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Curr Biol. 2005 Jan 11;15(1):68-72.

Yeast Nhp6A/B and mammalian Hmgb1 facilitate the maintenance of genome stability.

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The Wellcome Trust and Cancer Research UK Gurdon Institute and Department of Zoology, University of Cambridge, Tennis Court Road, Cambridge CB2 1QN, United Kingdom.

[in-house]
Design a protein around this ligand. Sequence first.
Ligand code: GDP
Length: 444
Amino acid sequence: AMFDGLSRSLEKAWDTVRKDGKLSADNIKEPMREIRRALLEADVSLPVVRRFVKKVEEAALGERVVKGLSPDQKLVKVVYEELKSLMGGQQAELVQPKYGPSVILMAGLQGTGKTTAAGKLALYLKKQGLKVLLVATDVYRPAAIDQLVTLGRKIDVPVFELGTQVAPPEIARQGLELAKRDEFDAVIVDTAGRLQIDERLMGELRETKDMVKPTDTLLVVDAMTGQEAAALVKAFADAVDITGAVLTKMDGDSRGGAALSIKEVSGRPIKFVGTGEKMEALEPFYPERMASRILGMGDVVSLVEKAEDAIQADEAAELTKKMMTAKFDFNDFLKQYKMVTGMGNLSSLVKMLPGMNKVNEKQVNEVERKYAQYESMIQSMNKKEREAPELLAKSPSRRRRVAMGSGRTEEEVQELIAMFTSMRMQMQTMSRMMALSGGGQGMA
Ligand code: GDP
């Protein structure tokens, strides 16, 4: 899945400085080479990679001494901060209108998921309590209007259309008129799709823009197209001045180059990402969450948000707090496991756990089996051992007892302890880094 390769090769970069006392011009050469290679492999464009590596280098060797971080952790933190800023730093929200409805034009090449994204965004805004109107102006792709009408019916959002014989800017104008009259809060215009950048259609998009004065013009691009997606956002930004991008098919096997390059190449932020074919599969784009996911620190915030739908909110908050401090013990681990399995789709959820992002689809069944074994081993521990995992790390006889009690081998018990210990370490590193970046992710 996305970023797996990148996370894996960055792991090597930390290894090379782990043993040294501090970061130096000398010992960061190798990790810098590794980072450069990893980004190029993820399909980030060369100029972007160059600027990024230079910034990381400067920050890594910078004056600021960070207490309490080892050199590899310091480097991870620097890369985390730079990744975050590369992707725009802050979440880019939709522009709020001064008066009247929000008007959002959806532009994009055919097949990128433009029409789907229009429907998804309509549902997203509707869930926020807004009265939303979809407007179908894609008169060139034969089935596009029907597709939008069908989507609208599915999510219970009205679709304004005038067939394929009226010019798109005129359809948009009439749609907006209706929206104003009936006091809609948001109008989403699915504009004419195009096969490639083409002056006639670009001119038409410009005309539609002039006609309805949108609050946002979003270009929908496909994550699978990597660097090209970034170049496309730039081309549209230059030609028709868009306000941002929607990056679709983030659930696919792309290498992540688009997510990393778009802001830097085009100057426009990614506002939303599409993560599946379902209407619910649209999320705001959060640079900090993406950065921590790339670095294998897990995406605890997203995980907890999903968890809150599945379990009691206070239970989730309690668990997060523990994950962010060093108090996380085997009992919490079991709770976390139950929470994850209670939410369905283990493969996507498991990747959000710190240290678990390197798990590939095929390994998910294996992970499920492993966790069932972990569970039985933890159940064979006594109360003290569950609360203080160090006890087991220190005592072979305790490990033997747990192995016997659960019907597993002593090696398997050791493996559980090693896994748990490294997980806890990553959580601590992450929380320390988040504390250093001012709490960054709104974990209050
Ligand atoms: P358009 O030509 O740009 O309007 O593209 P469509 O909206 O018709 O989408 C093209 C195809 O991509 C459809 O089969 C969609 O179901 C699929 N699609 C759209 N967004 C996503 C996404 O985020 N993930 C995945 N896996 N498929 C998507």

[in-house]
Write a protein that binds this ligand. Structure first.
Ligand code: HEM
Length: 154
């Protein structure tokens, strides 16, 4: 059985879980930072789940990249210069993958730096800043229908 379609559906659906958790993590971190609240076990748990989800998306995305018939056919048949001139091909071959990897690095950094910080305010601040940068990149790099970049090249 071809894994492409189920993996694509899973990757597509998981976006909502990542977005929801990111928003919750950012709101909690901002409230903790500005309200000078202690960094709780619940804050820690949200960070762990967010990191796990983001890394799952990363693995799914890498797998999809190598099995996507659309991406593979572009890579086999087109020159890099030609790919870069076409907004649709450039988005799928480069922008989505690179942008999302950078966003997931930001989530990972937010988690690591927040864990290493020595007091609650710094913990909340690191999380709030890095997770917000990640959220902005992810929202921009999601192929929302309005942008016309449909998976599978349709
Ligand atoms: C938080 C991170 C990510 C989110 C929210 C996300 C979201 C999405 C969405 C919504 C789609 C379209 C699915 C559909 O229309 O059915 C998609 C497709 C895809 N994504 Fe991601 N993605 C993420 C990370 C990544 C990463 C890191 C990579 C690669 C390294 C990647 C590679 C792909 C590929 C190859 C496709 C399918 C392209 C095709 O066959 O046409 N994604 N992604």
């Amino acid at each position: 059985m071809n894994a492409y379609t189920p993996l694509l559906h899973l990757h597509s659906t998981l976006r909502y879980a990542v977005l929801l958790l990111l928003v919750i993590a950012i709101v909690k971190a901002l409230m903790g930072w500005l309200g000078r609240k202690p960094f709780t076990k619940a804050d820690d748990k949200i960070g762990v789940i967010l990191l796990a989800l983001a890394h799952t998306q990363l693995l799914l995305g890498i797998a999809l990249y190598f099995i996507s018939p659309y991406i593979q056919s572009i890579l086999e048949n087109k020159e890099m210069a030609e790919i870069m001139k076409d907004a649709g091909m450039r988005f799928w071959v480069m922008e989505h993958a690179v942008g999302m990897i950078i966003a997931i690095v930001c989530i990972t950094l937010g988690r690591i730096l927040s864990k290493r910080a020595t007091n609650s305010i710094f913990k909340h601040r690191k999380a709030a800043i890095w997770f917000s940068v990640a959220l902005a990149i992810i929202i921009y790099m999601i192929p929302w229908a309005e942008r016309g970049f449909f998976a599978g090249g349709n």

Saccharomyces cerevisiae Nhp6A and Nhp6B are chromatin architectural factors that belong to the high-mobility group box (HMGB) superfamily and appear to be functionally related to mammalian Hmgb1. They bind to the minor groove of double-stranded DNA in a non-sequence-specific manner and thereby influence chromatin structure. Previous work has implicated these proteins in a variety of nuclear processes, including chromatin remodeling, DNA replication, transcription, and recombination . Here, we show that Nhp6A/B loss leads to increased genomic instability, hypersensitivity to DNA-damaging agents, and shortened yeast cell life span that is associated with elevated levels of extrachromosomal rDNA circles. Furthermore, we show that hypersensitivity toward UV light does not appear to reflect a decreased capacity for DNA repair but instead correlates with higher levels of UV-induced thymine dimer adducts being formed in cells lacking Nhp6A/B. Likewise, we show that mouse fibroblasts lacking Hmgb1 display higher rates of damage after UV irradiation than wild-type controls and also exhibit pronounced chromosomal instability. Taken together, these data indicate that Nhp6A/B and Hmgb1 protect DNA from damaging agents and thus guard against the generation of genomic aberrations.

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